Some major protests took place in 2018. on the other side. For example, in 2018 July. Seebrücke, an activist network, organized large protests in many German cities demanding safe and legal routes for refugees and opposing the criminalization of search and rescue operations. in 2018 October 13 Unteilbar, a large coalition of NGOs, trade unions and grassroots organizations, managed to mobilize a quarter of a million people to march against the rise of populist radical right parties and movements.
However, unlike O-Platz, these initiatives did not focus on racialized refugee activists and their lived experience of oppression under border regimes. In principle, these organizations did not demand universal freedom of movement and the right to life for all.
The Unteilbar coalition asked for the right to asylum to be respected, which in principle does not challenge the power of the state to deny protection and residence rights and to deport people after a fair assessment of their asylum applications. Seebrücke demanded safe and legal routes for refugees to reach Europe, but did not demand the right of residence for all refugees already in Germany.
in 2018 activists realized that the role of racist refugee activists, a key legacy of the O-Platz that gave visibility to refugee struggles, was waning. Despite the increased resistance, some new networks and organizations did not base their demands on the experiences of racialized refugees. People’s activists responded to these changes by creating and evoking collective memories that provided guidance and aspirations for their current mobilization.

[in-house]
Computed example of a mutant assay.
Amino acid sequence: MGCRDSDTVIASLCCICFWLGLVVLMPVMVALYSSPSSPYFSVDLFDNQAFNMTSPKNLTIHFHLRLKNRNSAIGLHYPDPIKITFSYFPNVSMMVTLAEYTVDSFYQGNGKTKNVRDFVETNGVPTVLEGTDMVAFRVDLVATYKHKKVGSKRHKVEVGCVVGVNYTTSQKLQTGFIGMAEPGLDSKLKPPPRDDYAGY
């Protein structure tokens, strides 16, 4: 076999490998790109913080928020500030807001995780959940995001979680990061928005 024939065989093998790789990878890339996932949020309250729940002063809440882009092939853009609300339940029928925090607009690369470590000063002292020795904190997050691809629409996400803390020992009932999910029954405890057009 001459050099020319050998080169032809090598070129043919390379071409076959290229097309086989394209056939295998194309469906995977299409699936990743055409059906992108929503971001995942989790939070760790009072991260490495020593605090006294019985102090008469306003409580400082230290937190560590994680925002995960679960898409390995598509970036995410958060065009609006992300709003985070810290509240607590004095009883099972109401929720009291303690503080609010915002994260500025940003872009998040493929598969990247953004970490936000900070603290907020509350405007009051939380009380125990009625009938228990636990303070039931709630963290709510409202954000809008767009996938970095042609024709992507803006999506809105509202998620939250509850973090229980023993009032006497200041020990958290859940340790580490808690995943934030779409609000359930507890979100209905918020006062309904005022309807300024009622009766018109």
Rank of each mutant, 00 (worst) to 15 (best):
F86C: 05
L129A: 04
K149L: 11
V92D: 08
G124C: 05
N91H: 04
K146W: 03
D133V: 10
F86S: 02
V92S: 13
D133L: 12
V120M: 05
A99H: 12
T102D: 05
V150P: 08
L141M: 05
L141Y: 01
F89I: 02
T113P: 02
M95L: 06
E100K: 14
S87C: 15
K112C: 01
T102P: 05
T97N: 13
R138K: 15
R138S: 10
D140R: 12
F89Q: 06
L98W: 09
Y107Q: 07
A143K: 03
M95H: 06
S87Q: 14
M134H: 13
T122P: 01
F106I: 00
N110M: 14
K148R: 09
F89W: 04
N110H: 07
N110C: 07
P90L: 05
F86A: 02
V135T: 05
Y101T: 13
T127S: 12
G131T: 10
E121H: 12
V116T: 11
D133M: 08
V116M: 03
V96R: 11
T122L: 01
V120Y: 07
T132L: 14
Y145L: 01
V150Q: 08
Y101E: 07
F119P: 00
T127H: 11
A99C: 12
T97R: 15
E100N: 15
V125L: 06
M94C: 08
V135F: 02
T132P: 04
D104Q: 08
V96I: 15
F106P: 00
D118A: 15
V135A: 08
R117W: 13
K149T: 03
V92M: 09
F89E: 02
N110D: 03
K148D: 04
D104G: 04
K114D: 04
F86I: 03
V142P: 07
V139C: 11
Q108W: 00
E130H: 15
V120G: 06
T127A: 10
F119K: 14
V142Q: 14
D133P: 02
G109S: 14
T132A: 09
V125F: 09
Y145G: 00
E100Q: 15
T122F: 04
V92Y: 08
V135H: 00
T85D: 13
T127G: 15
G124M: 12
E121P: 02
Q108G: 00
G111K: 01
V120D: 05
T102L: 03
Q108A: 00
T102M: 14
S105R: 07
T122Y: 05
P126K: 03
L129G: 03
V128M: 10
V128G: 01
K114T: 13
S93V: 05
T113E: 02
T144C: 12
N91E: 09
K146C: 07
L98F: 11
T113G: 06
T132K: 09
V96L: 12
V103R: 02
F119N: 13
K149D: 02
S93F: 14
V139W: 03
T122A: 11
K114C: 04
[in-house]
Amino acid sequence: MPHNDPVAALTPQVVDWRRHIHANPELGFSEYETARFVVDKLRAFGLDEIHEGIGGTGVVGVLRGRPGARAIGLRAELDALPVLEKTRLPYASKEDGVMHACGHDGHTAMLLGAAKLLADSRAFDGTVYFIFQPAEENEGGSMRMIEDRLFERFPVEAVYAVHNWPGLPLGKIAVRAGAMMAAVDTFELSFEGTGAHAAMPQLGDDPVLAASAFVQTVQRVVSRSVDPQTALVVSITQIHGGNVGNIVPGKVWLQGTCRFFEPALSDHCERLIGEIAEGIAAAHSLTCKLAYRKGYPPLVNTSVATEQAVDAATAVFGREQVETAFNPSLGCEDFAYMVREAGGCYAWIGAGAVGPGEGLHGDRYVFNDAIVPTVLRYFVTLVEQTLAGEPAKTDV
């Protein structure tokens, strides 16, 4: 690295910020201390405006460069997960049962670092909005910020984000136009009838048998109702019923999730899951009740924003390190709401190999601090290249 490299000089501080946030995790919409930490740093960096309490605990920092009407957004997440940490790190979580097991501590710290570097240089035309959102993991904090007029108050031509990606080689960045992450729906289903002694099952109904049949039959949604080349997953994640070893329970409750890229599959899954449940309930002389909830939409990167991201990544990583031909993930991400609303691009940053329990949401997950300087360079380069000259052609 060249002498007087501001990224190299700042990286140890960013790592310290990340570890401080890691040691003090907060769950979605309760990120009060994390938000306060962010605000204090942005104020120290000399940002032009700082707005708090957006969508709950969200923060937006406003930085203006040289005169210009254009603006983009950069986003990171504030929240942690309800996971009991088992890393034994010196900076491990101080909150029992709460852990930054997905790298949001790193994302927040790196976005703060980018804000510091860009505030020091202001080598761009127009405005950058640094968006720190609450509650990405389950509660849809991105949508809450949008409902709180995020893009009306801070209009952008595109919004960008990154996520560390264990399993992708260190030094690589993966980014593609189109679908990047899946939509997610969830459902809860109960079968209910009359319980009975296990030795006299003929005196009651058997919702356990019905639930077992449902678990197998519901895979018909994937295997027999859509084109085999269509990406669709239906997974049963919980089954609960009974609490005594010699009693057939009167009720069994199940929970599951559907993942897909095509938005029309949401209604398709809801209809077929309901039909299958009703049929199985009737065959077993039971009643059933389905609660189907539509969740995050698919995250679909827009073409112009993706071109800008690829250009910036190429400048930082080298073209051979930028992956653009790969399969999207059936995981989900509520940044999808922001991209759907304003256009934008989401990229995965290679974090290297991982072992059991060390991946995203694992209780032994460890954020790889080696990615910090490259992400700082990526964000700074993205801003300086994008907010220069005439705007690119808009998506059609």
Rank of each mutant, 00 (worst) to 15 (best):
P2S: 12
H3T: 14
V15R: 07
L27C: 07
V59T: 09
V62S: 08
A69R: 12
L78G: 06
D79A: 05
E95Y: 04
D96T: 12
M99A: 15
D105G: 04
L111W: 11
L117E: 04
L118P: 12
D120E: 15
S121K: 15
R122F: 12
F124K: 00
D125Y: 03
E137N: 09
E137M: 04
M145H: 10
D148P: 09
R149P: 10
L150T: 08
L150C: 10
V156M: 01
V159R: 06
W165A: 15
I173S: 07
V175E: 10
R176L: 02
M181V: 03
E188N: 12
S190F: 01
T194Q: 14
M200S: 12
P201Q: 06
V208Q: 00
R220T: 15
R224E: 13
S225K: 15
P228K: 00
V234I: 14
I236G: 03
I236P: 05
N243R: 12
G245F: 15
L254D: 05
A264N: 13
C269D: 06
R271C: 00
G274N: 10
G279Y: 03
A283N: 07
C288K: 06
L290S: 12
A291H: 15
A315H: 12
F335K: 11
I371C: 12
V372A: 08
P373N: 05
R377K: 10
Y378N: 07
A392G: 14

Memories of O-platz are constructed as aspirations of the present
O-Platz was not the first mobilization of refugees in Germany. However, O-Platz contributed to changing the perception of refugees as political subjects and broke the history of invisibility that characterized refugee struggles. For these reasons, O-Platz is a memorable mobilization.
The memorability of O-Platz also plays an important role in the current resistance to border regimes. Activists remember the O-Platz as a mobilization focused on refugee activists, precisely when they realize that the legacy of the O-Platz itself is fading. Memory work is not limited to signaling the inconsistency of past and present mobilization; it also translates past mobilizing features into present aspirations that might resolve and perhaps transform that perceived discontinuity.
 Activists use the refugee category not only in its legal sense. Most people who self-identified as refugees had a precarious legal status. This self-identification challenges the restrictive categories that the state uses to divide and disenfranchise migrants (Perolini, 2022).
 The Dublin III Regulation (604/2013) establishes responsibility for the assessment of asylum applications between EU countries. The general rule, with the exception of minors and family members of asylum seekers and refugees, is that the first country to arrive in the European Union is responsible for assessing an asylum claim.
Leave a Comment